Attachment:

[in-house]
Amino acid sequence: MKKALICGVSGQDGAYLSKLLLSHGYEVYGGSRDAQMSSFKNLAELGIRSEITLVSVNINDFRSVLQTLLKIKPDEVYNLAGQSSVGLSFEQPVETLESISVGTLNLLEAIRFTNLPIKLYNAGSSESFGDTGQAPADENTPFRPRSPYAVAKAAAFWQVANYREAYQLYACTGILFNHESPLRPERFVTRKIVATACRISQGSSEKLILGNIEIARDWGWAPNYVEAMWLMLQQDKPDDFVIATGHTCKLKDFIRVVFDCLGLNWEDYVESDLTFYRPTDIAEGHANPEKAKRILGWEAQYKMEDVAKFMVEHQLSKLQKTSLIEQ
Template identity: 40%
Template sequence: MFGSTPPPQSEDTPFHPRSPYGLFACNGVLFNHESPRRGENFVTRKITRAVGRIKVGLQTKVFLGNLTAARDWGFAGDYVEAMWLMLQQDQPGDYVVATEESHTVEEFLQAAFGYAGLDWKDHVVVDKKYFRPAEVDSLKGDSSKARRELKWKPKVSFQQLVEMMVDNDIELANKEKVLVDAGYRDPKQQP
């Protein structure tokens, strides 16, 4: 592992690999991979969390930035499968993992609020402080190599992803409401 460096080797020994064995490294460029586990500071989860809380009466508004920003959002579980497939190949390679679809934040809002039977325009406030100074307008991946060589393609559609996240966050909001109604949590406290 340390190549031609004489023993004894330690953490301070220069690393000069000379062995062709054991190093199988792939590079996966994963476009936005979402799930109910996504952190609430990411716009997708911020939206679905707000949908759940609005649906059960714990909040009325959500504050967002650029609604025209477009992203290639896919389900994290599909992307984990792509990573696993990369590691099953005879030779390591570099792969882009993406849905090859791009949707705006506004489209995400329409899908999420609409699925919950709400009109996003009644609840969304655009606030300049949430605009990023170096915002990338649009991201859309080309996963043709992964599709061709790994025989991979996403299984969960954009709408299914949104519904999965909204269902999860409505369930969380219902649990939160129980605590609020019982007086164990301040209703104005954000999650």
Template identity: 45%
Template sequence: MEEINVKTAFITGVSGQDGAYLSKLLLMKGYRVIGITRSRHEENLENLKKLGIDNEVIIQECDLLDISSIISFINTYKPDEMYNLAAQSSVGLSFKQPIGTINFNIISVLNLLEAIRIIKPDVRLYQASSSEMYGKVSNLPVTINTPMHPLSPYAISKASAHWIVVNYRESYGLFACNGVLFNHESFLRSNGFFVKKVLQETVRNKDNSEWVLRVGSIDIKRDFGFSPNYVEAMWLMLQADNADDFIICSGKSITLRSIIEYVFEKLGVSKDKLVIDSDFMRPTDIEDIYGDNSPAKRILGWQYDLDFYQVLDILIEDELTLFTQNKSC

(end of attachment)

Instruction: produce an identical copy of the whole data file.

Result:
[in-house]
Amino acid sequence: MKKALICGVSGQDGAYLSKLLLSHGYEVYGGSRDAQMSSFKNLAELGIRSEITLVSVNINDFRSVLQTLLKIKPDEVYNLAGQSSVGLSFEQPVETLESISVGTLNLLEAIRFTNLPIKLYNAGSSESFGDTGQAPADENTPFRPRSPYAVAKAAAFWQVANYREAYQLYACTGILFNHESPLRPERFVTRKIVATACRISQGSSEKLILGNIEIARDWGWAPNYVEAMWLMLQQDKPDDFVIATGHTCKLKDFIRVVFDCLGLNWEDYVESDLTFYRPTDIAEGHANPEKAKRILGWEAQYKMEDVAKFMVEHQLSKLQKTSLIEQ
Template identity: 40%
Template sequence: MFGSTPPPQSEDTPFHPRSPYGLFACNGVLFNHESPRRGENFVTRKITRAVGRIKVGLQTKVFLGNLTAARDWGFAGDYVEAMWLMLQQDQPGDYVVATEESHTVEEFLQAAFGYAGLDWKDHVVVDKKYFRPAEVDSLKGDSSKARRELKWKPKVSFQQLVEMMVDNDIELANKEKVLVDAGYRDPKQQP
């Protein structure tokens, strides 16, 4: 592992690999991979969390930035499968993992609020402080190599992803409401 460096080797020994064995490294460029586990500071989860809380009466508004920003959002579980497939190949390679679809934040809002039977325009406030100074307008991946060589393609559609996240966050909001109604949590406290 340390190549031609004489023993004894330690953490301070220069690393000069000379062995062709054991190093199988792939590079996966994963476009936005979402799930109910996504952190609430990411716009997708911020939206679905707000949908759940609005649906059960714990909040009325959500504050967002650029609604025209477009992203290639896919389900994290599909992307984990792509990573696993990369590691099953005879030779390591570099792969882009993406849905090859791009949707705006506004489209995400329409899908999420609409699925919950709400009109996003009644609840969304655009606030300049949430605009990023170096915002990338649009991201859309080309996963043709992964599709061709790994025989991979996403299984969960954009709408299914949104519904999965909204269902999860409505369930969380219902649990939160129980605590609020019982007086164990301040209703104005954000999650």
Template identity: 45%
Template sequence: MEEINVKTAFITGVSGQDGAYLSKLLLMKGYRVIGITRSRHEENLENLKKLGIDNEVIIQECDLLDISSIISFINTYKPDEMYNLAAQSSVGLSFKQPIGTINFNIISVLNLLEAIRIIKPDVRLYQASSSEMYGKVSNLPVTINTPMHPLSPYAISKASAHWIVVNYRESYGLFACNGVLFNHESFLRSNGFFVKKVLQETVRNKDNSEWVLRVGSIDIKRDFGFSPNYVEAMWLMLQADNADDFIICSGKSITLRSIIEYVFEKLGVSKDKLVIDSDFMRPTDIEDIYGDNSPAKRILGWQYDLDFYQVLDILIEDELTLFTQNKSC